Part of the money which was raised through the Elias Giannoulis Memorial Hockey Tournament went to Christ the Teacher School Division (CTTSD) to help train people in the safeTALK program.
Kerri Shear, with CTTSD, said they were one of three recipients, the others being the Good Spirit School Division and SaskAbilities, of funding which was to target mental health support in the community.
The safeTALK program fits that focus as it is a half-day alertness training that prepares anyone 15 or older, regardless of prior experience or training, to become a suicide-alert helper.
Shear explained that she and Scott Musqua took training in June to be instructors of the safeTALK program, which focuses on helping people in the community help others.
The program helps those taking the course better understand what might be indications someone is having suicidal thoughts.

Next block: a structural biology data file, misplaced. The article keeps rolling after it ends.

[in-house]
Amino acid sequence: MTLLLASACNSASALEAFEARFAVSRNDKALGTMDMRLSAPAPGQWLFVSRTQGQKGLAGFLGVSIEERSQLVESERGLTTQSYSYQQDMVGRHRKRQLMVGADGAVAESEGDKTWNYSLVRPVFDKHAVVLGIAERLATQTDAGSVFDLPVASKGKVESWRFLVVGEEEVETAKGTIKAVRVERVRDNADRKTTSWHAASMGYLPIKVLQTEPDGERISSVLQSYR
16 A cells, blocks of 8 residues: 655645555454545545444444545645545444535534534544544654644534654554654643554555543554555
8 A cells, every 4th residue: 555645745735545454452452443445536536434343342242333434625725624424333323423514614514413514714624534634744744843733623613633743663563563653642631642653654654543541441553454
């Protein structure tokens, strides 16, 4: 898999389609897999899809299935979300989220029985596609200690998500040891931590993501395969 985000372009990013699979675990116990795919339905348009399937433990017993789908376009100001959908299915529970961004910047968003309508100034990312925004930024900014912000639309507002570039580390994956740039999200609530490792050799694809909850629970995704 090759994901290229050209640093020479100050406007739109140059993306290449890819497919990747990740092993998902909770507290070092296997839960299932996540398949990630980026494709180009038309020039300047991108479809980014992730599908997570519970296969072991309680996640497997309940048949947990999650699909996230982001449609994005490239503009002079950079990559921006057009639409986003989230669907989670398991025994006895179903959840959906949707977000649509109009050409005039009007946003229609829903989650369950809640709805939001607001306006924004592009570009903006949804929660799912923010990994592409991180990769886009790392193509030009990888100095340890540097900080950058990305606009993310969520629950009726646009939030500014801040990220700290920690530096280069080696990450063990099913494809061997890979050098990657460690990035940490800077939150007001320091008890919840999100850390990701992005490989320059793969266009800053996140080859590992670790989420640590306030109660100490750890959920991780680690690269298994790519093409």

“It teaches how to ask that question,” said Shear, adding people often feel uncomfortable, or scared to ask another person if they are thinking about suicide.
“It’s a very difficult thing to say,” he said.
But, people should understand asking the question does not suddenly put the idea in someone’s head.
“And, you’re not making the situation worse by asking the question,” she said.
Once the question is asked, Shear said safeTALK helps people “listen to the answer.”
That is an important facet of the program as it creates a dialogue.
And finally the program gives participants the tools to help someone with suicidal thoughts get to the right agency or group for the help and support they require.
Shear said it is hoped, as trained instructors, she and Musqua will provide the three-hour course to all teachers within their division in the coming months.
“And, we’ve contacted Yorkton Minor Hockey,” she said. Once the minor hockey program is in full swing they hope to provide the course to all coaches and staff.
The public will also have an opportunity to take the course, but dates have not yet been set, said Shear.